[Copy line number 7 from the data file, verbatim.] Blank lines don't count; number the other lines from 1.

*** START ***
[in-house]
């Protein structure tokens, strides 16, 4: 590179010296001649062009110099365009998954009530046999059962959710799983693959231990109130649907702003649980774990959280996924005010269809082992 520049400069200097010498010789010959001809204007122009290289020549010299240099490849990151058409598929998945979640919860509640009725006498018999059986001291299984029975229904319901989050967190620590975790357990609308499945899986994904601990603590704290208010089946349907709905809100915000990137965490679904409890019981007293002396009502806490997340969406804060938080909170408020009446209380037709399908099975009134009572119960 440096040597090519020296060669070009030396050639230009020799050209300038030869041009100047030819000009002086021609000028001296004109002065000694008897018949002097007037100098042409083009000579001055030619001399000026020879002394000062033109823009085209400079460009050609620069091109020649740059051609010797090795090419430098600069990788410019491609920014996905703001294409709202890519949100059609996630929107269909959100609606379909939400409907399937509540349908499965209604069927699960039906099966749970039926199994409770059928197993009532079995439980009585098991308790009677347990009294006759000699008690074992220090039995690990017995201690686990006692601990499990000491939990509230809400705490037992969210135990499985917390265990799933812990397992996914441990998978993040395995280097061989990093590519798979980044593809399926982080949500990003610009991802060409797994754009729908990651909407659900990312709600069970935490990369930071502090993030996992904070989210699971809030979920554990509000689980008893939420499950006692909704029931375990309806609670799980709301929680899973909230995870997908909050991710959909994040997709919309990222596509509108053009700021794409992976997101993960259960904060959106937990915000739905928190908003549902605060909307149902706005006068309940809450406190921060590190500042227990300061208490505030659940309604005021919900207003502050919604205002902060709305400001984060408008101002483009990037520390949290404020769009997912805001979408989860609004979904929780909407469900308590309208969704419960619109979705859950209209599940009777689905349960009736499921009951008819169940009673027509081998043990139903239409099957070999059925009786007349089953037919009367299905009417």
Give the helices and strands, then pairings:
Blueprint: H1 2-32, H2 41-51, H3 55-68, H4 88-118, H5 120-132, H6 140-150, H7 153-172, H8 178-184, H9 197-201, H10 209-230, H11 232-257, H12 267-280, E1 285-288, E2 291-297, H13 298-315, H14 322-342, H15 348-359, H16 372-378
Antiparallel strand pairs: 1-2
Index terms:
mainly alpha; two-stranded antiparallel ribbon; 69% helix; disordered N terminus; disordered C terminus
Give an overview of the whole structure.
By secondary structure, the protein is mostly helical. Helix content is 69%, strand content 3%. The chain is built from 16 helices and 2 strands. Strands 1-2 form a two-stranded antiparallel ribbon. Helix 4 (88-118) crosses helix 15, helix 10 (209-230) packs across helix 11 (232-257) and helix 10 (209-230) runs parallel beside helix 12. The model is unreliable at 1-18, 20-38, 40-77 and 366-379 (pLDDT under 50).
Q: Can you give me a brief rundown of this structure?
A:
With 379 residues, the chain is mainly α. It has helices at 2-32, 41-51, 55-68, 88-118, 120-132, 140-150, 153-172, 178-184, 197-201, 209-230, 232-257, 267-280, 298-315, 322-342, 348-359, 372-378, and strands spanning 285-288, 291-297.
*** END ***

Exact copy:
mainly alpha; two-stranded antiparallel ribbon; 69% helix; disordered N terminus; disordered C terminus